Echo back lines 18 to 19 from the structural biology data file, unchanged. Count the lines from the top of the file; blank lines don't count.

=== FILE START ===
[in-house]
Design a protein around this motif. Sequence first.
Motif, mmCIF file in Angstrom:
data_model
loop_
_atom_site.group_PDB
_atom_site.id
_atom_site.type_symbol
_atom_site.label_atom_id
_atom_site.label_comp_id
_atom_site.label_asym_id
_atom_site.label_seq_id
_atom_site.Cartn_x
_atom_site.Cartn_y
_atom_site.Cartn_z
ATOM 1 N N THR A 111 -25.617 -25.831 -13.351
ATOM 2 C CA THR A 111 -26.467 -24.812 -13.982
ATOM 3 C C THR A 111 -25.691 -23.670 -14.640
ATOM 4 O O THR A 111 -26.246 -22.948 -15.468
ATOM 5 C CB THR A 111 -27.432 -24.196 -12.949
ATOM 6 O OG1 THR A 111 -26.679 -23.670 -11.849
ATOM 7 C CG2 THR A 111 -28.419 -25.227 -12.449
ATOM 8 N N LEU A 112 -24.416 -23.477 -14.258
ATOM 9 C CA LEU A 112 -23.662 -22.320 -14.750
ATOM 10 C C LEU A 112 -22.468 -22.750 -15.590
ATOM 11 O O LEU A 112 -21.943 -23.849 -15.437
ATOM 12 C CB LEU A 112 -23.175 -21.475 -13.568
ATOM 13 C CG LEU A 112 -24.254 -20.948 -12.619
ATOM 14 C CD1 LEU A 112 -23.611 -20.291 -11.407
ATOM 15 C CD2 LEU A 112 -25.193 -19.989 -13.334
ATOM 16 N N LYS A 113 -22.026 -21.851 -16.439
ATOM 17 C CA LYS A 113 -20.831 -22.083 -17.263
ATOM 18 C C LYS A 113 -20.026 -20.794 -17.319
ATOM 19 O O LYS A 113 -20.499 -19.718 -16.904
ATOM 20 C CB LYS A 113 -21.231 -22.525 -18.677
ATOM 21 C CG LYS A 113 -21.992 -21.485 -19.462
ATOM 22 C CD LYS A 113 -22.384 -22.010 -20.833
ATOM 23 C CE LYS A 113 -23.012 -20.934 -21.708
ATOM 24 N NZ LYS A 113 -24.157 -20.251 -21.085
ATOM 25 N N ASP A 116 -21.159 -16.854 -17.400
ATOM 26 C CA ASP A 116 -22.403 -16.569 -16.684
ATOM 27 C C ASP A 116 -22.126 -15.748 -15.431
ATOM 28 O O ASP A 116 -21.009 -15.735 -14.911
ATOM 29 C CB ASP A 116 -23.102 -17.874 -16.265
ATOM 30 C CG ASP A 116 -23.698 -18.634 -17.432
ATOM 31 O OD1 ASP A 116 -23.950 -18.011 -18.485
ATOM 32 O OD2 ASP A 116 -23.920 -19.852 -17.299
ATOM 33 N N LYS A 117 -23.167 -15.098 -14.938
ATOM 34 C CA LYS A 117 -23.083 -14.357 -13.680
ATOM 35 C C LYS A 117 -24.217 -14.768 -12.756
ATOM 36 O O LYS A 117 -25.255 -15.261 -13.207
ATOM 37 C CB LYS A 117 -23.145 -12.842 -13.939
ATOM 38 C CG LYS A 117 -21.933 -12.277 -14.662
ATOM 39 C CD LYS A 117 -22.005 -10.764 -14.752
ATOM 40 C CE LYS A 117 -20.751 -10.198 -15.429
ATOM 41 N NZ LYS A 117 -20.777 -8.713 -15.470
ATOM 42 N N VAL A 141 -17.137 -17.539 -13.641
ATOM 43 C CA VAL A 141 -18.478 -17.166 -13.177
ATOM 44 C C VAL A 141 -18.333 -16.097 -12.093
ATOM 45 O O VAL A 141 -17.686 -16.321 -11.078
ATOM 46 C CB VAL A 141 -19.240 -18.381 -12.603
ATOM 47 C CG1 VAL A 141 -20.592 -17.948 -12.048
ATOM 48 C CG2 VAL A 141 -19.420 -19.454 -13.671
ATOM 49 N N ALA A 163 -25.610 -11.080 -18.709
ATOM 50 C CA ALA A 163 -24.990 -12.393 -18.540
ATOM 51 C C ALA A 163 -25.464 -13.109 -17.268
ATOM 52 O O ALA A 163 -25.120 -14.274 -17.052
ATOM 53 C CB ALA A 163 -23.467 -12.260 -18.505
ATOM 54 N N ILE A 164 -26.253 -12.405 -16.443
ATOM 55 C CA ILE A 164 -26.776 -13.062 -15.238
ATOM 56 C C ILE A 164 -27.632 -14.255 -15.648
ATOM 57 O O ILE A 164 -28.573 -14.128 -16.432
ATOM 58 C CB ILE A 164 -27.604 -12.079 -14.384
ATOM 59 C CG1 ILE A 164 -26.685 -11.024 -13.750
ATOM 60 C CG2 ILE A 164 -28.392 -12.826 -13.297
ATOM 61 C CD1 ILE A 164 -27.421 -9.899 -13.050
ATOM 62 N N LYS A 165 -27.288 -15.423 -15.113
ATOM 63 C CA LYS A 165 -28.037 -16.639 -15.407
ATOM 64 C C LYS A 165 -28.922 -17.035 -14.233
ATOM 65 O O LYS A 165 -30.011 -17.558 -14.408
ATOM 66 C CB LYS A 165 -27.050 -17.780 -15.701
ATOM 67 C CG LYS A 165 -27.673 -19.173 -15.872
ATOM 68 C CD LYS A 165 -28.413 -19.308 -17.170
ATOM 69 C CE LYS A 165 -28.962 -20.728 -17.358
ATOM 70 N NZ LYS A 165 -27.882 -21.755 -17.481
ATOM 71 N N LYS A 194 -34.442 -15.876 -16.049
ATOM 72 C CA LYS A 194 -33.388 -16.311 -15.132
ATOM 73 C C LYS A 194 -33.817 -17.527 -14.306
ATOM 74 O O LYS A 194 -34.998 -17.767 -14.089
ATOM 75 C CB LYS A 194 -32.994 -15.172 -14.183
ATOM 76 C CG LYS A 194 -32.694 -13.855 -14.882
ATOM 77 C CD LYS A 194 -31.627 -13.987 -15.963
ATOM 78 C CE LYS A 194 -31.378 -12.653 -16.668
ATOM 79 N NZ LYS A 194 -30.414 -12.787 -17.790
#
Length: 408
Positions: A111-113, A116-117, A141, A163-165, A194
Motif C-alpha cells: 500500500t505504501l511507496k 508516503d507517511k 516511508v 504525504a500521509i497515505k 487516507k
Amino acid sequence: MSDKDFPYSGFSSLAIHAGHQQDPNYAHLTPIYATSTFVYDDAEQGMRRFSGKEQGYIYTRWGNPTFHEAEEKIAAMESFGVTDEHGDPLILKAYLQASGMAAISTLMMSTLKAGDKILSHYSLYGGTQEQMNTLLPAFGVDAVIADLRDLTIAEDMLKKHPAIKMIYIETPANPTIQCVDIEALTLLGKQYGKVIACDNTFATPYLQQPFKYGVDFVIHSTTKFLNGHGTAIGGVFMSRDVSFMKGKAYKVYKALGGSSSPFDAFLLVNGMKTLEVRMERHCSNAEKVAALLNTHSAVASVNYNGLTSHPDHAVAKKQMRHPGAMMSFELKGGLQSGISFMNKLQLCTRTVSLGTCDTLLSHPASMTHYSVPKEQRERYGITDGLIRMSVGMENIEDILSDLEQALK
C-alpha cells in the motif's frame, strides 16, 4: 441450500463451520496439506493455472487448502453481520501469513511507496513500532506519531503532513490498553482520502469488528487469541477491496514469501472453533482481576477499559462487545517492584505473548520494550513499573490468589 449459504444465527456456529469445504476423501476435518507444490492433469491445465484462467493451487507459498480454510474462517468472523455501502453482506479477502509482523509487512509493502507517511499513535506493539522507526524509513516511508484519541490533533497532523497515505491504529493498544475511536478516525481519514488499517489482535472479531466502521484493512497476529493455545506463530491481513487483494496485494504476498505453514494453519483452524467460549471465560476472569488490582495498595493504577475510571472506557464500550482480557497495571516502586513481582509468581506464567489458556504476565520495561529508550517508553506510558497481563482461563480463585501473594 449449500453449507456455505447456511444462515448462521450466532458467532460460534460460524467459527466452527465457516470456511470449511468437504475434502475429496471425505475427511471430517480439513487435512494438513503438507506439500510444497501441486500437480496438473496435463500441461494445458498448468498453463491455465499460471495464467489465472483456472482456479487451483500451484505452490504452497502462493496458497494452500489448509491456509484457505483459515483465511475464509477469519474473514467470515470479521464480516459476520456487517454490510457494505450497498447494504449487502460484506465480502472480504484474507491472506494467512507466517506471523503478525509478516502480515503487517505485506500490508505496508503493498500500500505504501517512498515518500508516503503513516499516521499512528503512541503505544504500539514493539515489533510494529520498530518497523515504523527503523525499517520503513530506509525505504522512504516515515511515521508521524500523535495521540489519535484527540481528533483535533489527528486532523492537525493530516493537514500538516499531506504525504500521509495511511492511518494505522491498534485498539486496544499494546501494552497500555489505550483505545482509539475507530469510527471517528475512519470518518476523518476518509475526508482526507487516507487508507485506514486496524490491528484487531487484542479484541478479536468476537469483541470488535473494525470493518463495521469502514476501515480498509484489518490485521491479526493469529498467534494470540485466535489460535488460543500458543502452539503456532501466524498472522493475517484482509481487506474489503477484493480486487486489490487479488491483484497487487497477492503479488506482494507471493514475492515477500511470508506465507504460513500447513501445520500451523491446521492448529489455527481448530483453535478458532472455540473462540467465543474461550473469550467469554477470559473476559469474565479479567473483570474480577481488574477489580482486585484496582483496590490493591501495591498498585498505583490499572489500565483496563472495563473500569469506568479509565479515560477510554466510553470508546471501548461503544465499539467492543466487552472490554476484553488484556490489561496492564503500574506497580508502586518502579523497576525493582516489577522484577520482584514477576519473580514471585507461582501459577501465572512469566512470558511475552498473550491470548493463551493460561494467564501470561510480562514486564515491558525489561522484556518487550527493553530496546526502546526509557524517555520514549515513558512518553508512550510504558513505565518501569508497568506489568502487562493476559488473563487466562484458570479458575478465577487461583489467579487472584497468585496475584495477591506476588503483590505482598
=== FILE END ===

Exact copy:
ATOM 3 C C THR A 111 -25.691 -23.670 -14.640
ATOM 4 O O THR A 111 -26.246 -22.948 -15.468